How lucky is your adolescent child?

October 18, 2018 by Community newsdesk
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It’s a common complaint from parents of adolescents: “my child doesn’t know how lucky they are.”

Photo: Jarrod Freedman

A Melbourne researcher has now discovered how: by encouraging them to help others. A recent study conducted by the University of Melbourne and Orygen, the National Centre of Excellence in Youth Mental Health, has found that adolescent girls experience a clear improvement in gratitude from engaging in regular volunteering.

The Twelve Batmi Program, a year-long volunteering program for twelve-year-old Jewish girls, was the case study for a research project conducted as part of Timothy Bramley’s Masters of Clinical Psychology degree at The University of Melbourne. The title of Bramley’s thesis was “Positive psychological effects of volunteering in early adolescence”. Bramley found that by engaging in regular volunteering, girls then became more willing to engage in altruistic behaviour, and were able to appreciate the differences between their own lives and the people they were helping.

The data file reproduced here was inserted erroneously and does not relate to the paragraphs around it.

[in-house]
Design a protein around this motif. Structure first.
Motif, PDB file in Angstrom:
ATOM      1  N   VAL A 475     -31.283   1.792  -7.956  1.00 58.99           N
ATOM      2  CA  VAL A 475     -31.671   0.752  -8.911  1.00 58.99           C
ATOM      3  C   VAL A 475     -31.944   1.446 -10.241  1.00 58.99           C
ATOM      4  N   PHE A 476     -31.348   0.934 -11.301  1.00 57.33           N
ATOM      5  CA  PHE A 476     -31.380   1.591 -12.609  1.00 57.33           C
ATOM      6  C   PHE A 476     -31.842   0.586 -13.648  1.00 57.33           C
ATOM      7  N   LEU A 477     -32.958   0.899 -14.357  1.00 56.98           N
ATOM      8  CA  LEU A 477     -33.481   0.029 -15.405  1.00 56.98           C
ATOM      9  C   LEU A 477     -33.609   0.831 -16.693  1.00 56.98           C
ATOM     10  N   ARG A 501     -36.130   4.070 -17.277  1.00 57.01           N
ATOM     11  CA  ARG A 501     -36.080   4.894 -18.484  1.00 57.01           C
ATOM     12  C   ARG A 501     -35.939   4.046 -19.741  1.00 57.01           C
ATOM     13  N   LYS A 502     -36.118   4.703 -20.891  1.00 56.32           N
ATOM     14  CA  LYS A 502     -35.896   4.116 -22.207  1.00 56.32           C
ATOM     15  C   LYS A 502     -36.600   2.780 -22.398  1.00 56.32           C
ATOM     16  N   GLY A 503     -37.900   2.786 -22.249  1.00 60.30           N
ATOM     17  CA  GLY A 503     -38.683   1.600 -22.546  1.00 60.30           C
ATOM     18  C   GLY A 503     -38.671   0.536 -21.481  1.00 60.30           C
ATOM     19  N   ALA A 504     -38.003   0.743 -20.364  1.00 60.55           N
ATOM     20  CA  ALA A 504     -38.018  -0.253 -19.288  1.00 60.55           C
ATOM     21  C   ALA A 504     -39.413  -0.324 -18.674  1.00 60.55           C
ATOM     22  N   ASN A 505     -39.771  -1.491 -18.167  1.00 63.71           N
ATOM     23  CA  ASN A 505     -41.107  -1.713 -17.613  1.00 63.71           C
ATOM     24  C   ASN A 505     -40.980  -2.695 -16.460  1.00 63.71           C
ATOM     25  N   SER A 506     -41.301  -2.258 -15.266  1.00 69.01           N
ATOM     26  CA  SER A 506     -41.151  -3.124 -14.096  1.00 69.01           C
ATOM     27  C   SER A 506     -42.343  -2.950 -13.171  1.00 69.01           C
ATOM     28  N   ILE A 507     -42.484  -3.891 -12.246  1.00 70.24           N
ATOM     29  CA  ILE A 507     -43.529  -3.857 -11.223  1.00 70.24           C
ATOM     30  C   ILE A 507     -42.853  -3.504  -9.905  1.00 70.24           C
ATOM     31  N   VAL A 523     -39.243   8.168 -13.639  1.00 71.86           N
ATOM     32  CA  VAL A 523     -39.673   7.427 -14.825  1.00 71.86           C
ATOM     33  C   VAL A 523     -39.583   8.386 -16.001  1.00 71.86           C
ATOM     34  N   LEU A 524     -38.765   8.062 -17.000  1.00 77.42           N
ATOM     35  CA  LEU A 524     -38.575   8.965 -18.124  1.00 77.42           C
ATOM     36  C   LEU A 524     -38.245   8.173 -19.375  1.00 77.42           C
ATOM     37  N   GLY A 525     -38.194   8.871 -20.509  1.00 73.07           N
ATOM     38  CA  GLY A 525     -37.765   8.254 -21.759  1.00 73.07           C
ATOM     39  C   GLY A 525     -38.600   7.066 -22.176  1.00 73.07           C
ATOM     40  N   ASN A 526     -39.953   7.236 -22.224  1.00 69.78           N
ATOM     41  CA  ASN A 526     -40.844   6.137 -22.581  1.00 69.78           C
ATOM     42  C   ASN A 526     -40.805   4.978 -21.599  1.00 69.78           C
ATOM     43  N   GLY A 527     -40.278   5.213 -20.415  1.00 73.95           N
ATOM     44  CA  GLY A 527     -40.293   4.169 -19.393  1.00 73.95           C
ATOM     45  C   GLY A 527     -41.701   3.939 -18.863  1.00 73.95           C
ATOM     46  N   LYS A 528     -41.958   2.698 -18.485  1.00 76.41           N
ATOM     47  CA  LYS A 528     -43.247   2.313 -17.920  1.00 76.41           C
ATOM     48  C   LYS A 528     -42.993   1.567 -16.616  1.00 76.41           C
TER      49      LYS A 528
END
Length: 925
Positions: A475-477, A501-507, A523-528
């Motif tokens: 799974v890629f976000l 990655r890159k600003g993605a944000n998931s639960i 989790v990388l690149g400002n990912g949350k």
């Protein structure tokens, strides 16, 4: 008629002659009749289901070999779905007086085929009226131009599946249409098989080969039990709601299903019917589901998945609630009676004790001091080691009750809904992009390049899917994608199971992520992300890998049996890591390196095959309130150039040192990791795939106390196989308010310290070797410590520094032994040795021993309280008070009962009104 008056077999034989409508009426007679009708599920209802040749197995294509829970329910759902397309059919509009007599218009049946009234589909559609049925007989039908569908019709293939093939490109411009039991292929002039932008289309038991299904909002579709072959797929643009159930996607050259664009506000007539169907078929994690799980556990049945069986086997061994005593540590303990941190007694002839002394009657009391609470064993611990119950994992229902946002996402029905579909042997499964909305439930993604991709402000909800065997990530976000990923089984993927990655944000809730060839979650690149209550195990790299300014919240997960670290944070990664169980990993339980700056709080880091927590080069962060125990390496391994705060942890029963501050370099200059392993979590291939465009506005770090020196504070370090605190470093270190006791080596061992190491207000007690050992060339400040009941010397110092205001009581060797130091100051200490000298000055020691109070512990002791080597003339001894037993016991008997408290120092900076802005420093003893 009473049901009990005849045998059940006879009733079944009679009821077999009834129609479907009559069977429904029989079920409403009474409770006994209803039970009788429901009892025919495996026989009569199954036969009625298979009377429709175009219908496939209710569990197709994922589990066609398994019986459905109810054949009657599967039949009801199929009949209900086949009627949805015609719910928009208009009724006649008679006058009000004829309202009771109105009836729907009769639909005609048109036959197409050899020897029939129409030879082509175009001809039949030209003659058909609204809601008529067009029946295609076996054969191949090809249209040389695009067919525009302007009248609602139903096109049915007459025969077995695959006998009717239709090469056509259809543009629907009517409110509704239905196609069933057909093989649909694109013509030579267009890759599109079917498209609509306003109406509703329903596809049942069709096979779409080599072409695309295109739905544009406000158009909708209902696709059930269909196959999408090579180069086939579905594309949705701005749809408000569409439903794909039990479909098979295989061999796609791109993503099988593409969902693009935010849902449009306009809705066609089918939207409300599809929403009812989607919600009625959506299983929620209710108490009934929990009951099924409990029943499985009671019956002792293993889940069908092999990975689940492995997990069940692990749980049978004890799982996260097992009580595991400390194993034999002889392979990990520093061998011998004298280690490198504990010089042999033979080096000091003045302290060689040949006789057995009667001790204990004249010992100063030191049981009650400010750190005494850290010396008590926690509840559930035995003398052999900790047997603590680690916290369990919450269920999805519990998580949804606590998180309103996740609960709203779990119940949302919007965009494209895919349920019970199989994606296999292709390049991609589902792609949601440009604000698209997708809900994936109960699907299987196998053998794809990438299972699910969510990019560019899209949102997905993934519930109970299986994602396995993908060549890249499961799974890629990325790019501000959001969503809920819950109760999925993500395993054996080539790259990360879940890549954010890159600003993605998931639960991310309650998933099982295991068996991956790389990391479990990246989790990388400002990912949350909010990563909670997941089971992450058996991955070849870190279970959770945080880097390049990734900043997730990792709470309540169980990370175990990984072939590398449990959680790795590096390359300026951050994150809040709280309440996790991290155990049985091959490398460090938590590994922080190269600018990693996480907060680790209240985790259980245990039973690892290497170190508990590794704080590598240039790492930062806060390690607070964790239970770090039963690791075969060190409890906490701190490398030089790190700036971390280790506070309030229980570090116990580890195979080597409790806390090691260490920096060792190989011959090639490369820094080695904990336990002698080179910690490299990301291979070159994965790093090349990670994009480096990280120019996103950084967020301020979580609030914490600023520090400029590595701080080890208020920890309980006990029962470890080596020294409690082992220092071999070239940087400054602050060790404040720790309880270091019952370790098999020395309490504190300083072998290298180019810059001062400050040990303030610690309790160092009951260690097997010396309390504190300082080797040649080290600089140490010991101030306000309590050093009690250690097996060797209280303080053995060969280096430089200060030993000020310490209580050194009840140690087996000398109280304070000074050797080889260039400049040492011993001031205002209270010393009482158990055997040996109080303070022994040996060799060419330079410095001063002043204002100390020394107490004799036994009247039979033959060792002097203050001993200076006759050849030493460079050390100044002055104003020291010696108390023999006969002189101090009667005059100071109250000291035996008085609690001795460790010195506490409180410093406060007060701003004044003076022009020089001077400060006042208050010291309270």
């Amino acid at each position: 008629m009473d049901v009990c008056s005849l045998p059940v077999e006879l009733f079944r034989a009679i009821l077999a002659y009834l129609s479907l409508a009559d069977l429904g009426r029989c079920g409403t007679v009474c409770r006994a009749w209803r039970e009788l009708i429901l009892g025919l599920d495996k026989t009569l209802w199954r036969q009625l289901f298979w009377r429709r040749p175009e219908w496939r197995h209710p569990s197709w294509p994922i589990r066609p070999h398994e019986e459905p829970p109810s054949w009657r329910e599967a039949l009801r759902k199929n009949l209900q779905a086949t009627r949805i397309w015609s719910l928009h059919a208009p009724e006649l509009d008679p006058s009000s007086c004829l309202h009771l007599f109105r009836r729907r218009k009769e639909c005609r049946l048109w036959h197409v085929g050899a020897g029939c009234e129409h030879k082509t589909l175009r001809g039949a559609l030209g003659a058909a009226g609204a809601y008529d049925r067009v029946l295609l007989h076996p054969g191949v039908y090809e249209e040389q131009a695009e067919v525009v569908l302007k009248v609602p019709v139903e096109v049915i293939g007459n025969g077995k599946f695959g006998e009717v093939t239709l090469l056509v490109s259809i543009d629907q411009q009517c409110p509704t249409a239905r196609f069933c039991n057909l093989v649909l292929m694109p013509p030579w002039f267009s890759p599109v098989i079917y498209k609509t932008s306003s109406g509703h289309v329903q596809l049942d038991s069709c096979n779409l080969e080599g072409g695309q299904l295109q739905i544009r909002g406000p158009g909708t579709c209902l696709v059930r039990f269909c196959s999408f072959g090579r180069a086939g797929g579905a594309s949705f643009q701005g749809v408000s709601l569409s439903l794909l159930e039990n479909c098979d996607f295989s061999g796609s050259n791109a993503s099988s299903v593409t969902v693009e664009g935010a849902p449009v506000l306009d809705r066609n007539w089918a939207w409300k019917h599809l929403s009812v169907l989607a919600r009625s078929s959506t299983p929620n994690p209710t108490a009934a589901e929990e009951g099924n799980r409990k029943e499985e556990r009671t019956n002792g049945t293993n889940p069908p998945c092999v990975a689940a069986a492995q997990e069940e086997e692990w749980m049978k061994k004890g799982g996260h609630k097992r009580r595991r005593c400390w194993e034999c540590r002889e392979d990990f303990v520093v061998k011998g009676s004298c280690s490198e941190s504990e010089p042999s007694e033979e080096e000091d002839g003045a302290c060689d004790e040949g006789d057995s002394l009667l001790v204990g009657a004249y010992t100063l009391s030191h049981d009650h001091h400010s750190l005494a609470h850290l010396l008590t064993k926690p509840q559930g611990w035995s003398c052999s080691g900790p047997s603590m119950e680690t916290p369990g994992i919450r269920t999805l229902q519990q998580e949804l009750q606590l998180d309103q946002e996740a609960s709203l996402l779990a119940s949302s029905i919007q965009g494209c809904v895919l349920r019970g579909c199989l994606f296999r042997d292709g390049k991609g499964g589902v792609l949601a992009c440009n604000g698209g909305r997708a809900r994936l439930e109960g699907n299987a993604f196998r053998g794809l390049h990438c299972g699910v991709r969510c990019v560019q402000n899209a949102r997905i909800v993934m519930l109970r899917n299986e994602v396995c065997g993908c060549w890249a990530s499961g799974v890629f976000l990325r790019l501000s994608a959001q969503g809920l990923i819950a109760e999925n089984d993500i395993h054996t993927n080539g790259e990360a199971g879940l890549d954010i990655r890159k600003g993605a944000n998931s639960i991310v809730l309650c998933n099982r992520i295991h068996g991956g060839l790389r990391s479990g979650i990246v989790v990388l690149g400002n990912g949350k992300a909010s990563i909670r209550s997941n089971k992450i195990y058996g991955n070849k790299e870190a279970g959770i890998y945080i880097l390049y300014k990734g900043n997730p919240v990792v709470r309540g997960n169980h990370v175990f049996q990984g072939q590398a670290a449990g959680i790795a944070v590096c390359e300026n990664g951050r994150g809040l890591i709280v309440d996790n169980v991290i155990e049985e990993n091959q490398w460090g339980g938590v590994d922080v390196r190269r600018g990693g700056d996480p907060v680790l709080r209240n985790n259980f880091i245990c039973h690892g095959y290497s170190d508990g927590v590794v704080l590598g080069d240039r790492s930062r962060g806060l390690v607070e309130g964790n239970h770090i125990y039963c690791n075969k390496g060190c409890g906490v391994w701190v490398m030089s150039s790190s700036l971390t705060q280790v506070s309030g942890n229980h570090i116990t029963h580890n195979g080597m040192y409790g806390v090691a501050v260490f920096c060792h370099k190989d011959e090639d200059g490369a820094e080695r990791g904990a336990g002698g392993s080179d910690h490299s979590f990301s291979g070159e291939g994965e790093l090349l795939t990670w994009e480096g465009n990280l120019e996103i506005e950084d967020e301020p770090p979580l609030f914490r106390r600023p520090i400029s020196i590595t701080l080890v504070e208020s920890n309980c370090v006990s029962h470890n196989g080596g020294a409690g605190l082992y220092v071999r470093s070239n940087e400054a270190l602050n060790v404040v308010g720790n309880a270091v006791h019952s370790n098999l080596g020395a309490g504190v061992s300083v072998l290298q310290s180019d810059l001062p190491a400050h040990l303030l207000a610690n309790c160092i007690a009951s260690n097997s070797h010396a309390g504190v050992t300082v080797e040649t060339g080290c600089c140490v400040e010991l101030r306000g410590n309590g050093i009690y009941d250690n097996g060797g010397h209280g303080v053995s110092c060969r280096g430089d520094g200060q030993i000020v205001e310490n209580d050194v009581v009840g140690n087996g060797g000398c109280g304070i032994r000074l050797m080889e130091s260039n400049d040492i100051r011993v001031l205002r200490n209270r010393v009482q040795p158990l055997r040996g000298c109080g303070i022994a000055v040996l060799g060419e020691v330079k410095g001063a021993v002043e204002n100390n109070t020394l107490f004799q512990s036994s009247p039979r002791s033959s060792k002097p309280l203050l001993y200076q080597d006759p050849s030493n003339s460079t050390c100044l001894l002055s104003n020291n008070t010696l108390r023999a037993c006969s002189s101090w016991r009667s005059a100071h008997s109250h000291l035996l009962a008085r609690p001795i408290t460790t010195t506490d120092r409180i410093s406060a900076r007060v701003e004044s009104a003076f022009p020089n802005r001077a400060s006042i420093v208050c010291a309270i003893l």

Through the Twelve Batmi Program, 120 girls and parents engage in hands-on volunteering with various charities across Melbourne, such as cooking and delivering meals to disadvantaged residents of government housing, visiting residents at aged care homes and making Mother’s Day hampers for mothers in refuges.  The program marks the girls’ batmitzvah or Jewish coming of age. An overall sentiment of satisfaction in response to volunteering was also recorded, with the girls feeling more socially connected. This, researcher Tim Bramley believes, could be due to the program’s unique ability to allow the girls to have direct contact with the recipients of the charities’ services. 
Twelve founder Moran Dvir said, “We’re delighted that this research has confirmed what we see each time our girls get out into the community: that giving back and helping others is a fantastic anecdote to today’s fast-paced world for adolescents. Our girls tell us each time after they volunteer how lucky they feel, and express gratitude for their families, their health and their homes. They feel so excited and empowered to be able to make a difference to someone’s life.”
Through participation in the program, the research assessed empathy, gratitude and life satisfaction by testing the girls’ thoughts at the beginning of the program and six-months into the program. Findings indicate that feelings of gratitude were significantly improved over this time frame. Feelings of empathy (both cognitive and effective), were also impacted, evident in the girls’ language and expression.

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